On Nov 14, 2013, at 7:05, Steven D'Aprano firstname.lastname@example.org wrote:
On Wed, Nov 13, 2013 at 07:13:19PM -0800, Andrew Barnert wrote:
I know this is getting way off topic, but the real problem with doing curried/auto-partial functions in Python isn't the parens, it's the variable arguments. An auto-partial function has to accumulate parameters if it doesn't get enough, execute when it does. (Currying gives you that for free, because it means you only get one argument at a time, but you can do auto-partials without currying.)
I disagree. The real problem is the ambiguity. Given:
y = divmod(x)
did I intend for y to be a partial function, or did I mean to type divmod(x, 3) but mess up? Given how few coders come from a functional programming background, my money is that it's an error.
This may be a reason not to do it, but it's not something that makes it hard or impossible to do it. Variable arguments _are_ something that makes it hard or impossible to do it.
In languages with static typing, it's easy for the compiler to resolve this: if y is declared as a function object, then I meant for the partial application. If y is declared as an int, then it's an error. But you can't do this in Python.
That's not how it works in any of the languages we're talking about. They have a type inference system, usually based on Hindley-Milner, not a C-style nominal type system.
Of course sometimes declared (or elsewhere-inferred) variable types will resolve an ambiguity during unification, but that's not the usual case; declared or inferred function types do so far more often. divmod is intint->intint (or, in a curried language, int->int->int*int), and therefore this expression is only typable if it's a partial, and y's type is inferred from the type the expression has as a partial. (And if you've declared y to have an explicit type that isn't compatible with the partial, you get a unification error.)
If you allow varargs functions, where the type can be int->int or int*int->int, HM doesn't work. And, not coincidentally, none of these languages allow varargs functions.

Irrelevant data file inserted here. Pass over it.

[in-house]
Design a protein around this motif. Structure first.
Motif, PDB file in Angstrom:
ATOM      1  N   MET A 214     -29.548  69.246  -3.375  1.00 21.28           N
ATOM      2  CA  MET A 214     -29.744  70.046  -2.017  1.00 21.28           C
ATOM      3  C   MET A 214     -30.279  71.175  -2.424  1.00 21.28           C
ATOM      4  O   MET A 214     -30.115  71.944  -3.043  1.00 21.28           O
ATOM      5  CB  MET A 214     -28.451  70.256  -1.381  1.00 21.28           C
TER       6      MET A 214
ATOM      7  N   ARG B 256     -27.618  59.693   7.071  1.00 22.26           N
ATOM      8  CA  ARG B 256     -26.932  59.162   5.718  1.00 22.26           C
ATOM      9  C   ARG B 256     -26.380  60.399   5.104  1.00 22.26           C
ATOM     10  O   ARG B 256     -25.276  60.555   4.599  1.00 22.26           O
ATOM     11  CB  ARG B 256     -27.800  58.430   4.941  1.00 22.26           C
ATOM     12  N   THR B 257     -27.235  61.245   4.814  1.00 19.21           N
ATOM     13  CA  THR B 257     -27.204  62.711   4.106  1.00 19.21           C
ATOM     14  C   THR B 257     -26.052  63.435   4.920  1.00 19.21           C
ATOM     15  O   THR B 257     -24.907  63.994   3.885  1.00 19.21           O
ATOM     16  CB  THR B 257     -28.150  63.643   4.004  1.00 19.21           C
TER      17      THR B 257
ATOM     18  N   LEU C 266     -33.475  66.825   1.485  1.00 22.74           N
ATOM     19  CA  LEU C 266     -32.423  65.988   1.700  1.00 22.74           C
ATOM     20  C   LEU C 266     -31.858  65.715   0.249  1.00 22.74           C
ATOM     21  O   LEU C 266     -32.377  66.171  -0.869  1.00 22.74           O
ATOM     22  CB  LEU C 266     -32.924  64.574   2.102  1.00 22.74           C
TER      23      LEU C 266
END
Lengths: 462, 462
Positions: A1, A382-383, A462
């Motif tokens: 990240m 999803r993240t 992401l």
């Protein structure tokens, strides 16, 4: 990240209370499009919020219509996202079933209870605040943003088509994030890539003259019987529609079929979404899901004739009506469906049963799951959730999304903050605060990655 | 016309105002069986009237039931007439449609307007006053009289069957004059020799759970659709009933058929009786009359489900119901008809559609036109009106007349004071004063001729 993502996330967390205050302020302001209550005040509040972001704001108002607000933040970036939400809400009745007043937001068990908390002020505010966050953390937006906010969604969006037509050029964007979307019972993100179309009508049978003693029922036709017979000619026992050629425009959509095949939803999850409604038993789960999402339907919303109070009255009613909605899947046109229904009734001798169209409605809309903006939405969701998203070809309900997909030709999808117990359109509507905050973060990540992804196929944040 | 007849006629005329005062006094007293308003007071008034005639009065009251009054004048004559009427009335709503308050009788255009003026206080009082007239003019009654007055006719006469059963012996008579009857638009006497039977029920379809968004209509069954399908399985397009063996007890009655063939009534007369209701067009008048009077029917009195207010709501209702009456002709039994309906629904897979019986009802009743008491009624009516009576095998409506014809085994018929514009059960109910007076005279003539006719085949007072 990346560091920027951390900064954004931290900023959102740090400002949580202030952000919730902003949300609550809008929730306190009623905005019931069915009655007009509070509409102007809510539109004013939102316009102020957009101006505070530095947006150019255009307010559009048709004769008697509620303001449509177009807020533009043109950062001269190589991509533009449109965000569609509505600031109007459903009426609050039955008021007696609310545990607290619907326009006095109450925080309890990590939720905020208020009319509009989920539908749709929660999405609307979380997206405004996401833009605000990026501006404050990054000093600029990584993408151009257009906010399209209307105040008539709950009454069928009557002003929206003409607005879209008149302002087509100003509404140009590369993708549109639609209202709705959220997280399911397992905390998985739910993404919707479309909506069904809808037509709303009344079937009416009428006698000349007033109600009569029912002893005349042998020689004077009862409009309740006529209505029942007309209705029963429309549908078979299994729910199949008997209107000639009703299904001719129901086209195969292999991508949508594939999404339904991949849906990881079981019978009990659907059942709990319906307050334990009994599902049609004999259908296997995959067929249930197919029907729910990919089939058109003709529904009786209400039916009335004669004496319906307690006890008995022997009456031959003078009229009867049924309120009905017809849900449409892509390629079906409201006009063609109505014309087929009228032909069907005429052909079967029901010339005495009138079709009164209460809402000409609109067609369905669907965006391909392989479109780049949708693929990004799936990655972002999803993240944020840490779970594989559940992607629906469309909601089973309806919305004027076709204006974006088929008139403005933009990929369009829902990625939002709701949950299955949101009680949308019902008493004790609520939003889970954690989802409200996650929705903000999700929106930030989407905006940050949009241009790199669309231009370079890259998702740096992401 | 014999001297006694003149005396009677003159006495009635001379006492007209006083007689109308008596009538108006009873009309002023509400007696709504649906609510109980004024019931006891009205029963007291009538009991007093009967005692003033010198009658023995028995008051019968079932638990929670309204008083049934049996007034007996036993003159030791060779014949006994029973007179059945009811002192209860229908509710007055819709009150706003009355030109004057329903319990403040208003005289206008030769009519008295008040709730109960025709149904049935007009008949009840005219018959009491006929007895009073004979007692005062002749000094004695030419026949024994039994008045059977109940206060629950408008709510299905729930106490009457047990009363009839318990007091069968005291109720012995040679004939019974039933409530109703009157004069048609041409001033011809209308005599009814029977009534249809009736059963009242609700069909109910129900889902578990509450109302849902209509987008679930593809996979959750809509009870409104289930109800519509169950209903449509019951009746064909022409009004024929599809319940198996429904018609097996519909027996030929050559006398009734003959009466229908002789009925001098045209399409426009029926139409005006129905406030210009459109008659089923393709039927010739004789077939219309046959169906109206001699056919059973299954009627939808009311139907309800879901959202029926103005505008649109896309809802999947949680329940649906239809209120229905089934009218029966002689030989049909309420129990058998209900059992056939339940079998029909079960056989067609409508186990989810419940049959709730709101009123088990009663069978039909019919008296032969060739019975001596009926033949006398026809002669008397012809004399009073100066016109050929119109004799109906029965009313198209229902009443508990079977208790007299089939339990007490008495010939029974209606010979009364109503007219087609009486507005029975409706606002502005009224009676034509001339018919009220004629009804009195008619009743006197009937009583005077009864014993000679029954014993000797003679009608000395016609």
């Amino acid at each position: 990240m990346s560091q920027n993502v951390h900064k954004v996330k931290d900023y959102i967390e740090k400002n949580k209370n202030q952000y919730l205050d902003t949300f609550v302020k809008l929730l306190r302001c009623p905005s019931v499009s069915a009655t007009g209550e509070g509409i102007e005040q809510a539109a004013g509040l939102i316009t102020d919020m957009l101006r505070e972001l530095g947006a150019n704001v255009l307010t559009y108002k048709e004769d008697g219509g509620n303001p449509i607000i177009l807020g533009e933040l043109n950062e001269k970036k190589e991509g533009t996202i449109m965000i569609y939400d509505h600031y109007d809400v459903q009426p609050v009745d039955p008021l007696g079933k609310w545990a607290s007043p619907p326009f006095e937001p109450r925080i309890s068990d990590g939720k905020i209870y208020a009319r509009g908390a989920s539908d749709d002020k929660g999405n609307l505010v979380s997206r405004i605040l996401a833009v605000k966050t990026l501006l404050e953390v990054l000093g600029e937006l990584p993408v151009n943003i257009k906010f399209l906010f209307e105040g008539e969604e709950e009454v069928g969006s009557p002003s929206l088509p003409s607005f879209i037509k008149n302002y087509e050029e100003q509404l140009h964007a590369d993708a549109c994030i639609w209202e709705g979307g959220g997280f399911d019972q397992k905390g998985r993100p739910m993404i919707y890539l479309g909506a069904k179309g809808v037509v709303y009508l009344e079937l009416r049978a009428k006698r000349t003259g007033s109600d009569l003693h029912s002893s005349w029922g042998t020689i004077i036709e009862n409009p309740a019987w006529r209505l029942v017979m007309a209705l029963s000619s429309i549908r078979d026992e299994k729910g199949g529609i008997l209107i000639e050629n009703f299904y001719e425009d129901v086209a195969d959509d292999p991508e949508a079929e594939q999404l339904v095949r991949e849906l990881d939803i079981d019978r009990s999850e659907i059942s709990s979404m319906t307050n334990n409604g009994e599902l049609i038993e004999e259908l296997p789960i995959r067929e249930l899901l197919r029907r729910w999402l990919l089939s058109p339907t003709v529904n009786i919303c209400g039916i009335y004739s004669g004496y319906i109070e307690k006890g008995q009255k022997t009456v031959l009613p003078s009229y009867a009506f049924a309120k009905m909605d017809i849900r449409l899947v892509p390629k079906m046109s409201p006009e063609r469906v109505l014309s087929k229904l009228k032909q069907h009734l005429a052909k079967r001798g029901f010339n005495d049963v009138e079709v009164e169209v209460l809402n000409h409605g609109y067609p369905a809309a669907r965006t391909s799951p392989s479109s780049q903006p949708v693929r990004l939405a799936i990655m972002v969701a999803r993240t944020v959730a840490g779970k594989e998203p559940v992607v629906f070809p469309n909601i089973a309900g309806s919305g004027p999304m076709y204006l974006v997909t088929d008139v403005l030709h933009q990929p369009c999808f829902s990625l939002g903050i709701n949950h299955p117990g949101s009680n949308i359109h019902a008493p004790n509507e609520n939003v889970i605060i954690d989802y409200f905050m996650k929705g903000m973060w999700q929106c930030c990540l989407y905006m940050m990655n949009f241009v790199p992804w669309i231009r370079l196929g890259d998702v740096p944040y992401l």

But to handle a vararg function, you'd need a separate syntax for partializing vs. calling.
We have that. It's called functools.partial :-)
Yes, but the (sub-)thread started off with (summarizing) "I wish we had something more brief/simple/Scala-like for partials than functools.partial". And functools.partial is not an answer to that.
Aside: am I the only one who wishes there was a functools.rpartial, that binds from the right instead of the left?
I've often wanted that. I've even built it a few times. It has the same problem with keyword arguments and keyword-only params that auto-partialing does, but it doesn't feel like as much of a limitation--you just wouldn't ever use it in those cases (especially since you can often just bind the argument by keyword in those cases).
I've also occasionally wanted a partial where you specify the indices of the arguments as keywords (which gives you rpartial just by using -1), so I could more easily bind the second of three (or even of variable) arguments. But that comes up less often.
Using a different operator like  or % or << seems attractive at first, but it can't handle keywords. You could add a method, so spam._(n=5) returns partial(spam, n=5), but ._ is hideous, and anything meaningful like bind or partial is no longer a shortcut.
And why is this a problem?
I assume you're not asking about why ._ being hideous is a problem, but why .partial being not a shortcut is a problem, right?
Offering foo.partial(n=5) as an alternative for partial(foo, n=5) doesn't provide any benefit--it's not easier to read, more obvious to write, shorter, or better in any other way. It just gives you two obvious ways to do it instead of one. Which is bad.
You read code more often than you type it, and quite frankly, creating partial applications of functions shouldn't be so common in real-world code that it needs to be so concise.
It's common in many application areas. For example, I have a row of radio buttons. Instead of defining 5 separate callback functions, I write one callback function that takes a number from 0 to 4, and then I bind each button to partial(callback, n).
Many people today instead bind each button to a lambda, I suspect because the tkinter tutorials all use lambda for this purpose instead of partial.
I've also seen people write an explicit make_btn_callback function so they can bind each button to make_btn_callback(n)
Anyway, compare these three and tell me you see zero benefit in the last one:
Button(frame, str(i), lambda event: click(i, event)) Button(frame, str(i), partial(click, i)) Button(frame, str(i), click(i, ...))